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December 2010



You are right. "Discount coupons" is a national sport nowadays.
Hope you have a fantastic 2011!


Likening cocaine to coupons. I think there's an underlying reason to this little story.


But as your sales decline while every competitor is discounting, what are you supposed to do? Wait it out until they stop? By then, you won't have a job or your company has gone under. No one likes to discount but when you are directly responsible for sales and that's what the competition is doing, you must.

When you have to hit a sales number but won't because you didn't discount a little, see how well that goes over. Sorry to say, but most companies are about the bottom line, not the brand image.

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Our feet are standing in your gates, O Jerusalem.

Dave Sutton

So I guess the Groupon execs should have taken that $6 billion offer from Google...


I don't entirely agree. We rarely shop at Bed, Bath and Beyond without 20% off coupons, of which we always have more than we need. I depend on these coupons because I know I will find them in my email, or snail mail, or in the newspaper.

What I think may work in some cases are sites like Groupon and RueLaLa, which have limited sales: by time period, or quantity; so many purchase decisions are based on knowing gone is gone. So, for example, on Groupon I have bought discounted meals for restaurants I have been interested in, but have not yet tried. I go into the sale understanding that it is a limited off, and I should not except further offers from that vendor. It i a trial offer. And it has worked. I've bought on Groupon, and have returned to places I like and happily paid full price.

My first pair of Cole Haan shoes was purchased on RueLaLa. They always seemed too expensive. My first pair was an eye-opener. Quality, style, and COMFORT. Since then, I have purchased several both at discount, and in the retail locations. Sure, I want to get them as cheap as I can, but if I can't, I am now willing to pay for a product I would have never bought in the first place.

While I agree in general that discounts set up user expectations, I think there are ways of limiting the expectations to help generate loyalists, but the product needs to be strong enough to support that.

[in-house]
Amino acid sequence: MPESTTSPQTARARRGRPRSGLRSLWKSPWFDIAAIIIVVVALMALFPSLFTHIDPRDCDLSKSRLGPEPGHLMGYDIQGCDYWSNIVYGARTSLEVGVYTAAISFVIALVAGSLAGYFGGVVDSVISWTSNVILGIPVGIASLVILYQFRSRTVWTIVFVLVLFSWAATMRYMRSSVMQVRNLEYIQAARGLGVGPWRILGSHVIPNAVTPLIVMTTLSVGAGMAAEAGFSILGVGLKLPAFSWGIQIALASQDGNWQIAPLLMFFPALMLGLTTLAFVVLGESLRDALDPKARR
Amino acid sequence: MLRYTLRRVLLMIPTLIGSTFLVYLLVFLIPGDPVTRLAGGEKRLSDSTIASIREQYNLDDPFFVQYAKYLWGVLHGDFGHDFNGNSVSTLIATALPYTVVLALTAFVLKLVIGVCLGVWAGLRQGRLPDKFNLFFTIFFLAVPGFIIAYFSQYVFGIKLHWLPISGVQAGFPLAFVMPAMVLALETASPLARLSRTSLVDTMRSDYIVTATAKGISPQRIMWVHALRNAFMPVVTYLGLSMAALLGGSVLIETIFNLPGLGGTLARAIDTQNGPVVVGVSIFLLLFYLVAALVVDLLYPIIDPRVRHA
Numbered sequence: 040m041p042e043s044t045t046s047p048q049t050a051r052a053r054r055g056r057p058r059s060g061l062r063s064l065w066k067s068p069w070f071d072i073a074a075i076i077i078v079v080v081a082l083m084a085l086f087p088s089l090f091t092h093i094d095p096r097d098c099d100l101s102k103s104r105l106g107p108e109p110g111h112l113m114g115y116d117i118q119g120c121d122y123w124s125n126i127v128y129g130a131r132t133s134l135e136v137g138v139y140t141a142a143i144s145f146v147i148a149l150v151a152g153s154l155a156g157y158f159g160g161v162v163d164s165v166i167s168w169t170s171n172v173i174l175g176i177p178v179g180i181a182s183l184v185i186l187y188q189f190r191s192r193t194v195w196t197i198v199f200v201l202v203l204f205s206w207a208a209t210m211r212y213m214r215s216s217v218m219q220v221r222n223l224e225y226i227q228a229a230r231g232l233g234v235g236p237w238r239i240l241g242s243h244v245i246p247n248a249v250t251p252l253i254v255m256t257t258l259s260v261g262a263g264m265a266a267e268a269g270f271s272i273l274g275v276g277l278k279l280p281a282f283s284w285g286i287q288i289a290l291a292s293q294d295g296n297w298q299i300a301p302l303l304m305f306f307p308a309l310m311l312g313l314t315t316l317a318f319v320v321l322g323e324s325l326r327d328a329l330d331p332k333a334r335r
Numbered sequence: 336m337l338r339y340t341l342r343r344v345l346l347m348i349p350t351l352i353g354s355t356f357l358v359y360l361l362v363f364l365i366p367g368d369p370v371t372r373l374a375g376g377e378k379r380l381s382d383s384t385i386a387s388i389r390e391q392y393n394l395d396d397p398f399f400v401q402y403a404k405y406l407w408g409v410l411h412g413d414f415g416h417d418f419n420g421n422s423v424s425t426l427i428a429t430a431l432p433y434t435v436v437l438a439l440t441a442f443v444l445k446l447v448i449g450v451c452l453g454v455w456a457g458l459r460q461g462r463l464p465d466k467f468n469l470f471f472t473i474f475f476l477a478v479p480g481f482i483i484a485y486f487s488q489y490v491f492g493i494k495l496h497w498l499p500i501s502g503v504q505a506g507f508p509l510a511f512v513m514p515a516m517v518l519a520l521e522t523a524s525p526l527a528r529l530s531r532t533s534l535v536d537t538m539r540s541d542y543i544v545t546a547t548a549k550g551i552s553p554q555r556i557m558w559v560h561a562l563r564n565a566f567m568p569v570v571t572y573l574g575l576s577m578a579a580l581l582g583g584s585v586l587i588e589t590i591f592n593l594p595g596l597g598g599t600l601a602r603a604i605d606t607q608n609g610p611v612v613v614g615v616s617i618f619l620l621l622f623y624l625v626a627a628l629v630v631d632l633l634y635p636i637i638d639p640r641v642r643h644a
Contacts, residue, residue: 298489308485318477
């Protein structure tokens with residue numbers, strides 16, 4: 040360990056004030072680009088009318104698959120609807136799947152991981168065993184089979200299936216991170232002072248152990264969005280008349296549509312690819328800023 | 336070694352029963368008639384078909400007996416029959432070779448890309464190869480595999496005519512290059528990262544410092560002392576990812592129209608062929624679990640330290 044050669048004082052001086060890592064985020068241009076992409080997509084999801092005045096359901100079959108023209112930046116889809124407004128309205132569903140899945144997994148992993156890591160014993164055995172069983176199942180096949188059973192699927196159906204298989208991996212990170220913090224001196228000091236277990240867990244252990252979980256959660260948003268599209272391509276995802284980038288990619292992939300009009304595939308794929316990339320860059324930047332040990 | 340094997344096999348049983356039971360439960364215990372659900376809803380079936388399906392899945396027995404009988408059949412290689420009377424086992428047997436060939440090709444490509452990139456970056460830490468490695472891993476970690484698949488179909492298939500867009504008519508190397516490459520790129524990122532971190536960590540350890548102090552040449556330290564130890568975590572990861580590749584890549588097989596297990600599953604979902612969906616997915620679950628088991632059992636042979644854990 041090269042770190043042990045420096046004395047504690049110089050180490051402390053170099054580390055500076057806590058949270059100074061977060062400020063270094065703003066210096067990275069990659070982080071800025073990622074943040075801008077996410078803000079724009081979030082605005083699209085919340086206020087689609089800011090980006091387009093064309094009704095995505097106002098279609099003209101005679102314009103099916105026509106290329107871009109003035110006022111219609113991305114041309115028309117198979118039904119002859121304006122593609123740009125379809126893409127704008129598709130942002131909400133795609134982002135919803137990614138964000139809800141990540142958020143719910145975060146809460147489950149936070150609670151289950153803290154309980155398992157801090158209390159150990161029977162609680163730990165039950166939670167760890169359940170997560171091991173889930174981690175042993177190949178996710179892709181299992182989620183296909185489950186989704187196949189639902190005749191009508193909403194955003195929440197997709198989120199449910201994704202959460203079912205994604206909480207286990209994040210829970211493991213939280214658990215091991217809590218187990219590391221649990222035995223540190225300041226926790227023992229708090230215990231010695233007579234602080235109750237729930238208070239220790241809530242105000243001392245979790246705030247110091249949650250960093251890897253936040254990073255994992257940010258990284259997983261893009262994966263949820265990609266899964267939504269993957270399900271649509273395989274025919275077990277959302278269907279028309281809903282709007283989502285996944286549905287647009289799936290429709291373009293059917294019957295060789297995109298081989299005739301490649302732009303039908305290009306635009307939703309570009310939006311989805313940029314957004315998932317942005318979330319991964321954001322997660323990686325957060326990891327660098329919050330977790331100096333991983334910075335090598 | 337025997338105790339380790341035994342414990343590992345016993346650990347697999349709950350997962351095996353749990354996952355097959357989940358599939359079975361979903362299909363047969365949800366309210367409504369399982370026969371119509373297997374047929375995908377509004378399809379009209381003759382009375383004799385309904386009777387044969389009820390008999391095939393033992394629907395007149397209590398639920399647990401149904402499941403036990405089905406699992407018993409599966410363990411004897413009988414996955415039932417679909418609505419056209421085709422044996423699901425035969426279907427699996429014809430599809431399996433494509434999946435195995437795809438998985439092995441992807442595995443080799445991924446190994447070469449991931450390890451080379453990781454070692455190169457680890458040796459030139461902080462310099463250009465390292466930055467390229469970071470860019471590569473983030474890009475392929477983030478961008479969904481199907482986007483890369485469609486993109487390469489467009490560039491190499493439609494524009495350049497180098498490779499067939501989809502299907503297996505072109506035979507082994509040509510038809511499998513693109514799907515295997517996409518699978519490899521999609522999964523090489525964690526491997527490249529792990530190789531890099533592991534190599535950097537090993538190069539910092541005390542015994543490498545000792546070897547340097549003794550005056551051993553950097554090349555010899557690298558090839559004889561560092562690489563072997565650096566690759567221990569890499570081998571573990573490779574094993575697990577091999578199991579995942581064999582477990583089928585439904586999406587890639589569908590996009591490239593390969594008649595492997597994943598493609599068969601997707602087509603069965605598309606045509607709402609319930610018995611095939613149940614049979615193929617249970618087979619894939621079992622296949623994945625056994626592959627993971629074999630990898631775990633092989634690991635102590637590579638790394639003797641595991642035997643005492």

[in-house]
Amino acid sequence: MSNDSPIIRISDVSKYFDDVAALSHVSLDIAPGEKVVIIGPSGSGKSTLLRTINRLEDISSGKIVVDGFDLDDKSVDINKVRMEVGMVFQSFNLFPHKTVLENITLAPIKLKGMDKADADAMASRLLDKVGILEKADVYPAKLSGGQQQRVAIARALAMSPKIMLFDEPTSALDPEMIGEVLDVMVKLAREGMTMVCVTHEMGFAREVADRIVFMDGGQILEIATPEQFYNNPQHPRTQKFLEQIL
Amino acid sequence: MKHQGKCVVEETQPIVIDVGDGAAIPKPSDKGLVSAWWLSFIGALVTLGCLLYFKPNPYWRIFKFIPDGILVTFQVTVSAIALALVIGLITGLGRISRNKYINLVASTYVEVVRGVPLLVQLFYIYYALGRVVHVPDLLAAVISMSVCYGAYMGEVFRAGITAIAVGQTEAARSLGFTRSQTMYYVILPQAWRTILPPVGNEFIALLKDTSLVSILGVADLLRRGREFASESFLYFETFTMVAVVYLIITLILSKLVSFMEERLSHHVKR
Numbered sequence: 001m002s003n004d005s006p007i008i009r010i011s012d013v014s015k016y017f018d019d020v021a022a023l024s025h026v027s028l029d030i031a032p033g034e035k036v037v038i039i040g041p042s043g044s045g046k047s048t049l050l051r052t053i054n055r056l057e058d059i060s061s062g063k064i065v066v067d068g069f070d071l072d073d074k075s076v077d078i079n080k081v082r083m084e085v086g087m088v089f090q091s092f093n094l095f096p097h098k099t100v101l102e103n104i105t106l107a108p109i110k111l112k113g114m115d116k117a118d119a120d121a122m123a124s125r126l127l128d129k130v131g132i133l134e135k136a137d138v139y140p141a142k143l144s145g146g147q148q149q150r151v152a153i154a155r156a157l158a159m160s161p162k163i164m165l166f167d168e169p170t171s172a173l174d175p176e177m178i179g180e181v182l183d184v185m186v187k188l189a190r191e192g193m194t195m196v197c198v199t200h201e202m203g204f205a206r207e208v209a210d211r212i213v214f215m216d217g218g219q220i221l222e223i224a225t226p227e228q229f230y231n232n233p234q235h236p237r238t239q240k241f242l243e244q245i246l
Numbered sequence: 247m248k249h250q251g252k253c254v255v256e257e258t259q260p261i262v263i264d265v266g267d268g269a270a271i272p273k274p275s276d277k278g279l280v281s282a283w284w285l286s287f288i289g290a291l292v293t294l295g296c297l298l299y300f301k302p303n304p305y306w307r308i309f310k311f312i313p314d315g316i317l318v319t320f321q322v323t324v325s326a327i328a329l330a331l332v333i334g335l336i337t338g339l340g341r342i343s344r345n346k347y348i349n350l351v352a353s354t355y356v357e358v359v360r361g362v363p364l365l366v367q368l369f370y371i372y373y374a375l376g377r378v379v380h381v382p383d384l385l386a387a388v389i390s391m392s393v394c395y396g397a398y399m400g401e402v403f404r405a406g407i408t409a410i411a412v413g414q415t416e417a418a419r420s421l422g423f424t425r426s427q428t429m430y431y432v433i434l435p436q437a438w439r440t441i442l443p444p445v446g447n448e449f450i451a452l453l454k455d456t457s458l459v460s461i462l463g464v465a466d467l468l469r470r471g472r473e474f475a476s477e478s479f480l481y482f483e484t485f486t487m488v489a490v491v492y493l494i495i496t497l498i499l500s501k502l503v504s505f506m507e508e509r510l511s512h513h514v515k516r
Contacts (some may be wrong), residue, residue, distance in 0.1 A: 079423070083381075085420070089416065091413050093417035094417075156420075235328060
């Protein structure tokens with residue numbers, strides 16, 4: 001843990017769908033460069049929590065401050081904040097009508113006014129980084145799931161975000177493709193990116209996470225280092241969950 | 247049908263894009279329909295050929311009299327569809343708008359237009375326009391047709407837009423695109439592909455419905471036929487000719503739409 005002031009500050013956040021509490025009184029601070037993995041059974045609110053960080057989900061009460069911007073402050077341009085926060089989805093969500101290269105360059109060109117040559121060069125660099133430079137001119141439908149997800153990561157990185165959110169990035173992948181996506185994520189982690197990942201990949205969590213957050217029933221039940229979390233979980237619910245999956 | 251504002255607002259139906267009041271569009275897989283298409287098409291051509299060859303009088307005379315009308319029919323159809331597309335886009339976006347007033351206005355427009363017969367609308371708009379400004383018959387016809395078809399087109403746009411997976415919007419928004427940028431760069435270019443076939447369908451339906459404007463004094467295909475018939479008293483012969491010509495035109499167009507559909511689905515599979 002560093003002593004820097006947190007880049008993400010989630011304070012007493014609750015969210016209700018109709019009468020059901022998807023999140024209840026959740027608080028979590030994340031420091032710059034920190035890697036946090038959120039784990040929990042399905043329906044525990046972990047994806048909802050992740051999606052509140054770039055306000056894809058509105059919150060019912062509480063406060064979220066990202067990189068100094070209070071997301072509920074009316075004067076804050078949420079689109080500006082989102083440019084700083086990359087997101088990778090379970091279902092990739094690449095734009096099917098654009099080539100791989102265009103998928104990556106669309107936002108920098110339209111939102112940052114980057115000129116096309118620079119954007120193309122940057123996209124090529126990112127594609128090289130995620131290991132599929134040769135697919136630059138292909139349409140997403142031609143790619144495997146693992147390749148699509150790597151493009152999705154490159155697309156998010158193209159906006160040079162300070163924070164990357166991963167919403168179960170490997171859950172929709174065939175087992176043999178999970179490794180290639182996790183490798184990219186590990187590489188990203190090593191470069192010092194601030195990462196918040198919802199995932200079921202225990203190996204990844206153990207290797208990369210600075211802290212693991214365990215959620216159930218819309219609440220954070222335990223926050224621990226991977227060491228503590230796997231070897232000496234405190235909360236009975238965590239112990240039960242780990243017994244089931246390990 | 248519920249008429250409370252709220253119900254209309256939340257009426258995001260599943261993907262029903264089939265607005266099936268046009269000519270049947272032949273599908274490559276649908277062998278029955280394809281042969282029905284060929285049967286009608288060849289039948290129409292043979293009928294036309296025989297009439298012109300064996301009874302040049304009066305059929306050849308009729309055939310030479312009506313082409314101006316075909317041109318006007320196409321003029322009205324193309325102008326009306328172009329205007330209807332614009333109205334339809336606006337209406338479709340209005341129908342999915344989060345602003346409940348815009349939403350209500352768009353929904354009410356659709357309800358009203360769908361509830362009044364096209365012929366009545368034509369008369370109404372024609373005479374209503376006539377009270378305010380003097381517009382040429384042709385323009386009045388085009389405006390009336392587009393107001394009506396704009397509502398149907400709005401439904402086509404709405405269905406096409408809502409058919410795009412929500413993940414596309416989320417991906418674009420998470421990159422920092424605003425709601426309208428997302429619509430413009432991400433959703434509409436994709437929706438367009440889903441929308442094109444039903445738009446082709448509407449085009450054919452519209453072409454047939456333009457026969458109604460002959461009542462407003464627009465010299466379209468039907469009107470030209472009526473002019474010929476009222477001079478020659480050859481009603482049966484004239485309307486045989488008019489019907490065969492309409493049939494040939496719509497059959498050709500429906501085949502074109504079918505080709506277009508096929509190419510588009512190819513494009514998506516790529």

Take Apple for example. You might think Apple never discounts. Well, they do. In a subversive way. Take the iPhone 3GS. A little over year ago, it cost $199 (with contract). When the iPhone 4 came out, the iPhone 3GS price was lowered to $99. Wisely, Apple does not discontinue the older model, but sells it half-off, and yet still manages to sell more than expected units of the iPhone 4. You may think they are cannibalizing potential iPhone 4 sales, but there seems to be a limit to what people will pay or can afford. This is a built in discount: someone right now may have the mindset, "why buy the iPhone 4 now for $199 when it will be $99 in just six months?" I don't doubt people do, but that hasn't stopped Apple from being the second most valuable company in the U.S. after Exxon.

Chris Houchens (Brand Zeitgeist)

Laura -- To extend your cocaine analogy, coupons are not the disease/addiction. They are a symptom of a larger problem. Most brands can't/won't think long term. All marketing & branding strategy is built to get customers this week or this quarter.

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Natlfy- It's VERY difficult to come by flour in Norway that is not all-purpose, rye, whole-wheat, spelt, or barley. Meaning, self-rising or any other type of enriched white flour is not common in the Norwegian kitchen, so i just use the regular old all-purpose for most of my baking needs.


Does anyone remember when Bed, Bath, and Beyond and Linens & Things both had 20% off coupons in the Sunday paper?

Neither chain wanted to compete based on larger selection, better service, or anything else to differentiate themselves, instead they waste their money on discounts that put right back even with each other.

Brent Davis

Too many discounts and sales make it difficult to put the genie back in the bottle. I guess it is hard to "take the road less traveled". Good article.

Paul Dushkind

They say that people in advertising burn out because they fight the same fights over and over again. Complaints about too many coupons now span generations. Still the coupons fall out of the Sunday newspaper.

A paradox: Kohl's advertises storewide sales every day, which is ridiculous, but the chain is rapidly expanding.

One of the reasons that I don't like the TV show, Mad Men, is that two episodes in the first season advocate coupons.

Kamil Ali

I spent too much on the discounting strategies, in the end, it all coems to destroy your brand.

People learn to have discount and they are addict to it. They buy from you becasue you offer discount, not due to you are a specialized brand that would solve the problem.

AL Ries taught me this when i interviewed him here: http://www.kamilali.com/2009/09/al-ries-interview-father-of-positioing.html

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